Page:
Katie Darby Mullins’ piece “An Offering” appears in Midwestern Gothic Issue 10, out now.
How long have you been writing?
I’ve been writing relatively seriously since high school, but even before, it wasn’t uncommon for me to be “working” on one writing project or another. I had the fortune of being a part of the BFA in Creative Writing program at the University of Evansville for my undergrad years, so I started identifying as a writer then.
What’s your connection to the Midwest?
I went to college here, but more importantly to me, my mom is from Indiana—first New Albany (across the river from Louisville) and then Evansville (where I live now). I’m a native Texan, but I’ve lived in Indiana now for almost ten years, and have fallen in love not just with the landscape, but with the history of it—especially with my mom’s history. It’s incredible to be able to spend time in the same places she lived in when she was my age. Plus, I’m lucky enough to teach at the University of Evansville now, which is, no sentimentality meant, a dream come true.
How has the Midwest influenced your writing?
It’s forced me to be very specific in terms of setting. If I write a story or poem based in Kentucky and then another one based in Ohio, I want those two settings to be completely distinct and alive. Also, in a more literal way, it’s where I’ve learned to write. I remember when I first graduated from college, I used to drive out to Slaughters, Kentucky, and I’d just watch the moon. I remember thinking it actually smelled different than other places I’d been. But it was so quiet and so dark, and I think it was how I learned to be still.
Why do you believe there has never really been a regionalist push for Midwestern writing in the past like there has with the South or even the West Coast?
If I had to guess, I think it’s that the region is strangely diverse in a way that outsiders don’t recognize: for readers who haven’t spent much time in the Midwest, it’s easy to think Ohio and Iowa are the same place with different names. But there are so many incredible places in the Midwest—the artsy feel of Bloomington, Indiana; big cities like Nashville and St. Louis, Louisville and Cincinnati; farmlands, industrial cities, hills, flatlands; it’s hard to describe the Midwest in just a few words. I think it’s harder to classify “Midwestern literature” for that reason. There are beautiful stories based in Cincinnati that would be hard to group with pastoral stories based in Mariah Hill, Indiana. (Can you tell I’ve spent time in Indiana?)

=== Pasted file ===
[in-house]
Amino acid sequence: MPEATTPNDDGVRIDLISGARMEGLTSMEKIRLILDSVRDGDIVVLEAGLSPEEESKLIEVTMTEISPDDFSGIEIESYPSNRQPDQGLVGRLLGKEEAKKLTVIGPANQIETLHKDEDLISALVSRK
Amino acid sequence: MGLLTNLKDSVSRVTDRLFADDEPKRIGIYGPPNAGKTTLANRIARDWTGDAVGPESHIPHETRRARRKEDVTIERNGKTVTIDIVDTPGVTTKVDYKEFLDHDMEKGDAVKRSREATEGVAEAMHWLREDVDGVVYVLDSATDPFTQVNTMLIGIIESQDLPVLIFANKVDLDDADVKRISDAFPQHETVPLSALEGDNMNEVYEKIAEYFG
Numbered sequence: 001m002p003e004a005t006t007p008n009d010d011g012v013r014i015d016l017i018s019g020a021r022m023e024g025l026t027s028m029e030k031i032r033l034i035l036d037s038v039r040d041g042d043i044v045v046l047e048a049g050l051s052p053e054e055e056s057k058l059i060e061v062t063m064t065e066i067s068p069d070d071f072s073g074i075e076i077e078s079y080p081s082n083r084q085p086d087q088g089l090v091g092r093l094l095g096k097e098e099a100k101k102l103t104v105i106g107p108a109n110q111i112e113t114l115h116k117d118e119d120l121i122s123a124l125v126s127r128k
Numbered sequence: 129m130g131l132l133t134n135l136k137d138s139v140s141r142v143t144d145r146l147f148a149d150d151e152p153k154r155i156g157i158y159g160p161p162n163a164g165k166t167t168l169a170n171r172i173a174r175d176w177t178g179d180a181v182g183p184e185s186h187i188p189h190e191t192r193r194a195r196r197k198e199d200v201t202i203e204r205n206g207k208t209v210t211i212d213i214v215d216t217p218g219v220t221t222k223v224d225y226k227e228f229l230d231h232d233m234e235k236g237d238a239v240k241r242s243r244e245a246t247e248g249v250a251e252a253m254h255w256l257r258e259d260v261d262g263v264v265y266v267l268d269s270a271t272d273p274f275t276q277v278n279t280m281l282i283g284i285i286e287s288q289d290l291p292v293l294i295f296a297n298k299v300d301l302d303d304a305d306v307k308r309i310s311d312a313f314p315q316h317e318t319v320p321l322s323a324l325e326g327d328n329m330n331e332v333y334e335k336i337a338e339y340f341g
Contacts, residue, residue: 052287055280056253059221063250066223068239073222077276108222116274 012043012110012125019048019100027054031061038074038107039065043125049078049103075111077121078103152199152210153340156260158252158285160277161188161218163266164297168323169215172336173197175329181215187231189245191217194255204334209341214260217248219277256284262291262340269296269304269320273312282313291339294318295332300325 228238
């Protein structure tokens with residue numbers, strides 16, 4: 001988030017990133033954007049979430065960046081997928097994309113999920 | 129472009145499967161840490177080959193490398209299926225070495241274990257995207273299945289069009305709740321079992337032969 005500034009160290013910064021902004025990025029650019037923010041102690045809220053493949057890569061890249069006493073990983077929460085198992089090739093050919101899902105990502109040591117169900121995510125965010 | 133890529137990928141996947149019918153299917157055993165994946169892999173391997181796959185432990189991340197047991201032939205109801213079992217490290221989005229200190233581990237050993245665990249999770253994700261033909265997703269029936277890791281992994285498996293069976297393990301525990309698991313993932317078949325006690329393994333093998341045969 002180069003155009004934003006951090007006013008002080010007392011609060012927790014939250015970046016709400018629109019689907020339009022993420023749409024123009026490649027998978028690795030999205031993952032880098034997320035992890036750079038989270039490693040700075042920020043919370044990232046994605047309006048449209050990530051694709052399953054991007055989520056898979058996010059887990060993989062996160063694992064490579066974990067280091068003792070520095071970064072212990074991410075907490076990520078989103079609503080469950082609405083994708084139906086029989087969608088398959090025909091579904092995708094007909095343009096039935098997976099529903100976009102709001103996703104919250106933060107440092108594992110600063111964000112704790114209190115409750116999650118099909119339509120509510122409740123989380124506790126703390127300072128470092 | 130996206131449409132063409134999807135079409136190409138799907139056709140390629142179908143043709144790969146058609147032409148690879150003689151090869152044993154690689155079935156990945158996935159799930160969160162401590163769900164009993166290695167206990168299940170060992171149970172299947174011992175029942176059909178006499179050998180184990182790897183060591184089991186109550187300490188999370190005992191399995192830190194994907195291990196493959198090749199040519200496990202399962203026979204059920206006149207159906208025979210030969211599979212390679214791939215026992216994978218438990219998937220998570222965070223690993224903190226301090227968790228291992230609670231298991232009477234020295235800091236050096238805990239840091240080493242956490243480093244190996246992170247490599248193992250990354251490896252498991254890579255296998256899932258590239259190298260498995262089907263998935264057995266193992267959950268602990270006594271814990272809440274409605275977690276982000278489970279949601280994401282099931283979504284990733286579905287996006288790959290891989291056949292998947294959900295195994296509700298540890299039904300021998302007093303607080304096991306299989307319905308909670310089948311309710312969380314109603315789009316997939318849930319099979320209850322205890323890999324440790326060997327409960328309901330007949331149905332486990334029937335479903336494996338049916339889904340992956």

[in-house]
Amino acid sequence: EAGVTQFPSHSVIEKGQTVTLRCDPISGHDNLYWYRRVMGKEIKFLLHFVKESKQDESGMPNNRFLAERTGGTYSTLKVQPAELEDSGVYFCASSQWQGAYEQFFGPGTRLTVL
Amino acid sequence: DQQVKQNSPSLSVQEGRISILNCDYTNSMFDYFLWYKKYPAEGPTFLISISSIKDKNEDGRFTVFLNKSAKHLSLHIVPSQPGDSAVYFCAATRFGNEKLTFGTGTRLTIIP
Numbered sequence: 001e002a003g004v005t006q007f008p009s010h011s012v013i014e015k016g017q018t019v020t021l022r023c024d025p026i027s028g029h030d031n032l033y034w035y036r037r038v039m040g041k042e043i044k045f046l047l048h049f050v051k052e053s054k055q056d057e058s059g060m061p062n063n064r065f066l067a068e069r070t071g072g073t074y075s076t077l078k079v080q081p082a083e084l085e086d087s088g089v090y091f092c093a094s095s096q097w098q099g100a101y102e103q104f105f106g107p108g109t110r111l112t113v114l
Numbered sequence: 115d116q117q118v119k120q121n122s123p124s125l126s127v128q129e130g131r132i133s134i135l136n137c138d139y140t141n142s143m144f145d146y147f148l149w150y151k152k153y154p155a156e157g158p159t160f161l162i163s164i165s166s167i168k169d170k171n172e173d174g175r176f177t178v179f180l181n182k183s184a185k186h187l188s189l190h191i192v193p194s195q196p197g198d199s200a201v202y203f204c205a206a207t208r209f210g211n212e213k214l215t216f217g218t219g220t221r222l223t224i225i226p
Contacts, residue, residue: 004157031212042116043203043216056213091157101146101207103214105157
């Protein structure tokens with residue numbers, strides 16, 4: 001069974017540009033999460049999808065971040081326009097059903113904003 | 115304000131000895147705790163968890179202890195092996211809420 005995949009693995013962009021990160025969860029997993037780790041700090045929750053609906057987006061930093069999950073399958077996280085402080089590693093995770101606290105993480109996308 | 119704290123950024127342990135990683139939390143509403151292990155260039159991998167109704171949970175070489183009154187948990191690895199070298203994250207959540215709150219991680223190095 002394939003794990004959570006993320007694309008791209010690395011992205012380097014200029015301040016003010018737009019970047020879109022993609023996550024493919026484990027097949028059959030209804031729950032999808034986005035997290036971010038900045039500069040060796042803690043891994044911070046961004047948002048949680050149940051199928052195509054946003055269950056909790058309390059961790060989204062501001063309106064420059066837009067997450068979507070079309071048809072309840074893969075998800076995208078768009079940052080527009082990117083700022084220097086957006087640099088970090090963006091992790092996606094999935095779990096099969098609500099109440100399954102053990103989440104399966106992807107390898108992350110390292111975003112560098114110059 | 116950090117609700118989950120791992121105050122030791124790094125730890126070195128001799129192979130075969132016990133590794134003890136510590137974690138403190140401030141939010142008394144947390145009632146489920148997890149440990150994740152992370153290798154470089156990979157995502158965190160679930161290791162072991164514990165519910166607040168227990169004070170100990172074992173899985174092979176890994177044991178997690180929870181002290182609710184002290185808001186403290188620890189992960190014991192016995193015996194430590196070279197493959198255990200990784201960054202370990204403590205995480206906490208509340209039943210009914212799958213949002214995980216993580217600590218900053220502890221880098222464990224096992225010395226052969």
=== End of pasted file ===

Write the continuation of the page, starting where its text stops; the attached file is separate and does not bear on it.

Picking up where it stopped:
How do you feel about social media to promote your writing, and do you use it?
In my “other life,” I’m a music blogger, so I’m pretty interested in how to promote writing via social media. My blog, Katie Darby Recommends (www.katiedarbyrecommends.com), is promoted almost entirely from my Twitter account, @kwdarby. I like it because it changes the writing and reading experience from a very isolated, lonely occupation, into a conversation.
In terms of poetry, I love the Collected Poems of James Wright, who is my favorite poet of all time. Right now my favorite book I’ve read in a while is Twenty Thousand Roads, a Gram Parsons biography. I’m obsessed with the moment Cosmic American Music took over, and I think Parsons is one of the most important figures in the scene. (I’m also obsessed with the transition from hair metal to grunge, but that’s really not pertinent here. Unless you want to talk about it on Twitter!)
I love any and all desserts, but ever since I was two, my answer to this question has been “steak”. There’s nothing better than a good steak. Never has been, never will be.
If you could have coffee (or tea or a beer) with any literary figure, alive or dead, who would it be?
Outside of the fantastic writers in the Creative Writing department at the University of Evansville (because I have the pleasure of their company already), I would love to meet Dave Eggers. I love the guts it takes to write any of the stories he does. He writes fantastic stories, takes incredible risks, is never afraid to write something that might be ‘sentimental’ (whatever that means), and perhaps more important than all of that, he’s focused on how to use his writing to make this world a better place. I love 826 Valencia and everything he’s done there. I love McSweeney’s. He seems to have a great sense of humor. I feel like there’d be enough to talk about without having to do the awkward, “So… I loved [insert story here]” thing.
Where can we find more information about you?
Mostly my blog or Twitter. I talk exclusively about music on the blog, but I’m starting to expand to include some poetry and nonfiction—also about music. My Twitter is a little more varied.